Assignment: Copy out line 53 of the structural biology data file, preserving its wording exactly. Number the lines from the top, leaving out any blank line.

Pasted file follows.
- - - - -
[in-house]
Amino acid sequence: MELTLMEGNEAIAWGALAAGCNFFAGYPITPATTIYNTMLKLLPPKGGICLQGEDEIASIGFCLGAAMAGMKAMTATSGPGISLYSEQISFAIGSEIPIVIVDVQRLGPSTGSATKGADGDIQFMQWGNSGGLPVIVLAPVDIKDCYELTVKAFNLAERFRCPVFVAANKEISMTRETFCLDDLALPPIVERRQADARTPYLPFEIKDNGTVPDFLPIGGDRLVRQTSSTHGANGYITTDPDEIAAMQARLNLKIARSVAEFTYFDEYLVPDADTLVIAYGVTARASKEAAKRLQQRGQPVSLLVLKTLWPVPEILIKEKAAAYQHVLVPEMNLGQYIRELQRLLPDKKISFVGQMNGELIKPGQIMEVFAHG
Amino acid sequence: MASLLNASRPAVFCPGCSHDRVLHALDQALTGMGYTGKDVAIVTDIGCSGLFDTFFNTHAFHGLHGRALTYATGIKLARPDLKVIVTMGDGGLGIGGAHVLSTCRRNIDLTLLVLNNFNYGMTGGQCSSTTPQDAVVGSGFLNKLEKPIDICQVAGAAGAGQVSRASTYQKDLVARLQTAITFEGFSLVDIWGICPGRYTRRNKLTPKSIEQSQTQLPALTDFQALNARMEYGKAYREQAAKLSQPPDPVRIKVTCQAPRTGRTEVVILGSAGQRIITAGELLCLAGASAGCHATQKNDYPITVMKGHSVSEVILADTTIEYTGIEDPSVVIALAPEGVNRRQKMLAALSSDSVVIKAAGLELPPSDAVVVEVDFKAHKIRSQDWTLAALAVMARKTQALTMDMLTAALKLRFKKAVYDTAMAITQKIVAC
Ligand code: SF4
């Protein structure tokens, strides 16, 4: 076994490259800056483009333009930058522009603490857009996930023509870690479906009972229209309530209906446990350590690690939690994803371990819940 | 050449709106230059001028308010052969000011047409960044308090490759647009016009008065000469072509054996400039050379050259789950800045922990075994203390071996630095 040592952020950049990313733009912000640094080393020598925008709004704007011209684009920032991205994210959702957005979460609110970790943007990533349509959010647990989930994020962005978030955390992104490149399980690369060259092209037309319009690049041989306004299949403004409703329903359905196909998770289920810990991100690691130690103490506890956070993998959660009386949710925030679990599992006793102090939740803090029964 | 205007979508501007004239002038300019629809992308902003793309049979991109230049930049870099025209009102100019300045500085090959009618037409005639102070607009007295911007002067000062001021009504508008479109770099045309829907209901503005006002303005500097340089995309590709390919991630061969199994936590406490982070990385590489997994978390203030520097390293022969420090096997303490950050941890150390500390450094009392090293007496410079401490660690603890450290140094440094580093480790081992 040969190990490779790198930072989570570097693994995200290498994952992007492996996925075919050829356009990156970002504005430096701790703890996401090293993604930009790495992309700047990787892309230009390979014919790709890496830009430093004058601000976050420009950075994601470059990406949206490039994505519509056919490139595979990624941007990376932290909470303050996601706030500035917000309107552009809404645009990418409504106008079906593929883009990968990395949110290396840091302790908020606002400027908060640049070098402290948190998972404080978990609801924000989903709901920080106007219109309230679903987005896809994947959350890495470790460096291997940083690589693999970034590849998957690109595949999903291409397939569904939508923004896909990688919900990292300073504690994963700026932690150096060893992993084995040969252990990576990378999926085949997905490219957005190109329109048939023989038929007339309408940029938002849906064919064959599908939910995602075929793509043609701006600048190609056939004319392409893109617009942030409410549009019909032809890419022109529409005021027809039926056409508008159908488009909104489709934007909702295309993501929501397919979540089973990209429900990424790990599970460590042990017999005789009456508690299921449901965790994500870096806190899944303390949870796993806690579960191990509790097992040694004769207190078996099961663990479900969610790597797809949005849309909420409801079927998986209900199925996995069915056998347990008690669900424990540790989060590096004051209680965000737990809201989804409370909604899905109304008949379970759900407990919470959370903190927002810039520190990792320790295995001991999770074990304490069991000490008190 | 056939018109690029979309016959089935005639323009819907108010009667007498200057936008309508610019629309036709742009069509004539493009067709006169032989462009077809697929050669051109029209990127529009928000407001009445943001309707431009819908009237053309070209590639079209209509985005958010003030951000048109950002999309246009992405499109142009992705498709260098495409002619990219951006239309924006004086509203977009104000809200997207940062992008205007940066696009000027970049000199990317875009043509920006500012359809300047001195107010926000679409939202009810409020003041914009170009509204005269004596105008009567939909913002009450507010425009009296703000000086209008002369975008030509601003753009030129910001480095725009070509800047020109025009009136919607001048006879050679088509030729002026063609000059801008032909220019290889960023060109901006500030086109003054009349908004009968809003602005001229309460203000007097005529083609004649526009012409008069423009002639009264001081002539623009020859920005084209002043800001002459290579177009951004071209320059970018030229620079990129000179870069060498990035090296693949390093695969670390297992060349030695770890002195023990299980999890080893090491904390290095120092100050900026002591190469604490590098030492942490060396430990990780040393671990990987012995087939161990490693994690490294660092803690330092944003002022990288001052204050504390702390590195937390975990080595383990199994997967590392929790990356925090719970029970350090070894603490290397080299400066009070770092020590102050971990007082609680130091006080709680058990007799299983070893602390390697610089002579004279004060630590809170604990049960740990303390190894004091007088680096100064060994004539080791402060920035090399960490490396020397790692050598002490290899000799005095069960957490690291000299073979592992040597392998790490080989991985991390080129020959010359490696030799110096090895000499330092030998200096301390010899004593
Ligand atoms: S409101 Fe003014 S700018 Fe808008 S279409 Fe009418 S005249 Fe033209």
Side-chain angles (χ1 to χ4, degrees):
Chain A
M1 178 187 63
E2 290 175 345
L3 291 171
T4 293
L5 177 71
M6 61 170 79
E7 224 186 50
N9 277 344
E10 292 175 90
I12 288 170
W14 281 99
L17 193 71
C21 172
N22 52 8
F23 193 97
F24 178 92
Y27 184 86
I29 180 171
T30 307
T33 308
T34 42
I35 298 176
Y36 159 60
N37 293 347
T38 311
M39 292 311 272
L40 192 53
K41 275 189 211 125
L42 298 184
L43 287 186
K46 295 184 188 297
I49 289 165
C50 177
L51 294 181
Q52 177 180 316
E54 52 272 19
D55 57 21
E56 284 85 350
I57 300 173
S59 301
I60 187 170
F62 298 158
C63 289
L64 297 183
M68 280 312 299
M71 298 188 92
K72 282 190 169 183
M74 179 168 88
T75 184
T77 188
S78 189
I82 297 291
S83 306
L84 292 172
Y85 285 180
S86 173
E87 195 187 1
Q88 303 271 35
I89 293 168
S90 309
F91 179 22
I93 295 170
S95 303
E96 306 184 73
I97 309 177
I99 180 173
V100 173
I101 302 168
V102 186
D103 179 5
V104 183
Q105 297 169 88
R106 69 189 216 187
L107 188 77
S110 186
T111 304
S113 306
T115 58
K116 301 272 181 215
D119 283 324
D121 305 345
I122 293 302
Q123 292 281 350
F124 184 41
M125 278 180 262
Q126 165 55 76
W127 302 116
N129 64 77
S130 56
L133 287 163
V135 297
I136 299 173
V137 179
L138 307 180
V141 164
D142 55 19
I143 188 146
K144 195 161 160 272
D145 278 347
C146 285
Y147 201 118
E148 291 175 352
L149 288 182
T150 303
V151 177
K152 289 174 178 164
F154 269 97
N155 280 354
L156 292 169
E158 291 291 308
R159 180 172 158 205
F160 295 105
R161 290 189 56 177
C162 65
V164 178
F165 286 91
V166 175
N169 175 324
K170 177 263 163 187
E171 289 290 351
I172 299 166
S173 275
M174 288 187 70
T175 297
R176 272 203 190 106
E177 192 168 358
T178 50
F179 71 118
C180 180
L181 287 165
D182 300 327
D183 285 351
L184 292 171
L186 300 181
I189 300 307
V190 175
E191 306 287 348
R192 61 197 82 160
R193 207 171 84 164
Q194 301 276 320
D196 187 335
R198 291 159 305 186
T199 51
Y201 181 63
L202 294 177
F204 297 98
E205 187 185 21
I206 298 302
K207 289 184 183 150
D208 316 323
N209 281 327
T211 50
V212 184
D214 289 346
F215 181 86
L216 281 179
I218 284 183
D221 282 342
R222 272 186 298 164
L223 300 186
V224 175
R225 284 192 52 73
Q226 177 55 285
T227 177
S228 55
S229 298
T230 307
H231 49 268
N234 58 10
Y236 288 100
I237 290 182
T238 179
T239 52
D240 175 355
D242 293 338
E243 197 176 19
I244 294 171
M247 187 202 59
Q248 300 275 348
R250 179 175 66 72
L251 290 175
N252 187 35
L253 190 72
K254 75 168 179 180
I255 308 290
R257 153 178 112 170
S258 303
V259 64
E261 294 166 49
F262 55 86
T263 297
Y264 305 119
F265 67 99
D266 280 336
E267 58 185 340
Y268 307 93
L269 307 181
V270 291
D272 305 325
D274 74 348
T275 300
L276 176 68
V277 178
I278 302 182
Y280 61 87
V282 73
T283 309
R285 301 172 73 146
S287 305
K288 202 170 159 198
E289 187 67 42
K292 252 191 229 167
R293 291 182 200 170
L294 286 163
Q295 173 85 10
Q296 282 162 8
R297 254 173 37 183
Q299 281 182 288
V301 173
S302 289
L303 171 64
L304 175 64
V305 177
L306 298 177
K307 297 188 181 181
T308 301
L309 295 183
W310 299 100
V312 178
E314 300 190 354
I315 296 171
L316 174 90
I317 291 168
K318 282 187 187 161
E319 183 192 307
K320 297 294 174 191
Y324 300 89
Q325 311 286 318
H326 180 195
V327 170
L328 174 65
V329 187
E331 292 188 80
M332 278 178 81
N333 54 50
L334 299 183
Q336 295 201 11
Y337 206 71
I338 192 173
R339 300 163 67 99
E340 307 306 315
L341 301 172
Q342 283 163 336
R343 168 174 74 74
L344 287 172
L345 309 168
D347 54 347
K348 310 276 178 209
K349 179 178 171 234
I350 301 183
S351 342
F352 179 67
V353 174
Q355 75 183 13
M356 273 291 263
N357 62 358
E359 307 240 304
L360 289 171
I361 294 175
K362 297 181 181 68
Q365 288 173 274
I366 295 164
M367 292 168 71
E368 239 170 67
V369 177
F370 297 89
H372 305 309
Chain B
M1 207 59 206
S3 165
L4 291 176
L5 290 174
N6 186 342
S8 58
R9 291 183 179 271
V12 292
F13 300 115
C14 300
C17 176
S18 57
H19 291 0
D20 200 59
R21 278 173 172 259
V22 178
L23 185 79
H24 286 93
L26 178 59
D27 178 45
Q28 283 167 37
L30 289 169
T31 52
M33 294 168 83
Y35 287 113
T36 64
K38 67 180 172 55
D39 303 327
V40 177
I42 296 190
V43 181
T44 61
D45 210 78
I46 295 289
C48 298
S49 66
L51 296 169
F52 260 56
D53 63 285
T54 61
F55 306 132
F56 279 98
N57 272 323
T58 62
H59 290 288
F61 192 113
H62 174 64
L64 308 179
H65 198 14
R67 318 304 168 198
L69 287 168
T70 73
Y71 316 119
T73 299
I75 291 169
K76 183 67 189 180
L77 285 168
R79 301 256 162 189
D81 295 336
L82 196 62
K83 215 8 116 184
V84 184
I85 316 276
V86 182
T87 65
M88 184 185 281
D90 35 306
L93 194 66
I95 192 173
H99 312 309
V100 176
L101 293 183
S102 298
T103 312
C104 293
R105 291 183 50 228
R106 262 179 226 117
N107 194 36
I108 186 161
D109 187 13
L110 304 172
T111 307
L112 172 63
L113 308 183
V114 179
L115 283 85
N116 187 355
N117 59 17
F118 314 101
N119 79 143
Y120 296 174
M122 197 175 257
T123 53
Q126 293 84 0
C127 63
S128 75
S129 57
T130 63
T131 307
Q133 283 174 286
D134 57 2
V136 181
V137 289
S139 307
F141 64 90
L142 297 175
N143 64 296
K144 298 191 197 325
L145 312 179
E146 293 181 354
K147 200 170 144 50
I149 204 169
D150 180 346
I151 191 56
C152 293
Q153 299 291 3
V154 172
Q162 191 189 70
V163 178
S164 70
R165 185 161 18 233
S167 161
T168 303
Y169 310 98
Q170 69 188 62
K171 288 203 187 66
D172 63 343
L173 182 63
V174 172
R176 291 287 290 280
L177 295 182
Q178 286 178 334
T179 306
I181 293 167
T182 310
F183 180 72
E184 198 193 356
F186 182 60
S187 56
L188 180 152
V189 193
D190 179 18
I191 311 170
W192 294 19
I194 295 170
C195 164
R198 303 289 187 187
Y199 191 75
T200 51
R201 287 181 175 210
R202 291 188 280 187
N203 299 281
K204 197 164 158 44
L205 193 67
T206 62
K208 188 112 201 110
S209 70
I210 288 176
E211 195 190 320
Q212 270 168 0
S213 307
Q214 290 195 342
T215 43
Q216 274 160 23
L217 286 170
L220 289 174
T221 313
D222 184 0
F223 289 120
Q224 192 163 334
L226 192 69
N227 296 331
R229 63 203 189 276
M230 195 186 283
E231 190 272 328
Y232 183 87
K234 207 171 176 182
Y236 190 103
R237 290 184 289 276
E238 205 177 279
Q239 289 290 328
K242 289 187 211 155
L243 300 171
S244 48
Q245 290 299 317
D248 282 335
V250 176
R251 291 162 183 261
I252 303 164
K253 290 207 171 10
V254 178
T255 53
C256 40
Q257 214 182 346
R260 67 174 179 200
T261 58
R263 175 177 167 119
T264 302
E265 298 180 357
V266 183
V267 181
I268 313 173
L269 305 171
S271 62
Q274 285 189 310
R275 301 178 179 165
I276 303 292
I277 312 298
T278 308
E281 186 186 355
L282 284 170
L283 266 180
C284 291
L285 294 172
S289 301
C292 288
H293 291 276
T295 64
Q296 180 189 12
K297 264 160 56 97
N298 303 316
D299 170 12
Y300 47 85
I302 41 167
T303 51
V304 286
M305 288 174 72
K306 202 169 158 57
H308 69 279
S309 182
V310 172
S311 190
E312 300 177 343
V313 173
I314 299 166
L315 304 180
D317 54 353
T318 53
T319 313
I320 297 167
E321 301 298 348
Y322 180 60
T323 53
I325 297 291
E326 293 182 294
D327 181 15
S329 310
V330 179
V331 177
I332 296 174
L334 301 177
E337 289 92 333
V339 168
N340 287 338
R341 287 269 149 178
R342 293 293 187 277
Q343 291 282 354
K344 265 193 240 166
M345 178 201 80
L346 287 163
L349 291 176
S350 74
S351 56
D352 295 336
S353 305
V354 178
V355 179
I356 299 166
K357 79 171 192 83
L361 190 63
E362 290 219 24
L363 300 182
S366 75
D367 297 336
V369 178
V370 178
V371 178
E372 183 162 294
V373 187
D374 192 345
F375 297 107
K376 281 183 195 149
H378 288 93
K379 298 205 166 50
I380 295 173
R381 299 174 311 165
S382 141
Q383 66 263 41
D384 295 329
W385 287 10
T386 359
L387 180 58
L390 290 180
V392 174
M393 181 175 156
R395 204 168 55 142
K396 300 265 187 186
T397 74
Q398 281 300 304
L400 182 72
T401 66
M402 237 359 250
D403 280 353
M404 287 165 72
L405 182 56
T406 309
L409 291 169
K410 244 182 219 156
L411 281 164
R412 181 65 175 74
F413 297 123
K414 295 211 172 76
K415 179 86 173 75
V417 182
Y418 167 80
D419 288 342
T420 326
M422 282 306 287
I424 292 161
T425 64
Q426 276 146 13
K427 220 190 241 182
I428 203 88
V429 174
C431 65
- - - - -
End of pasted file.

M68 280 312 299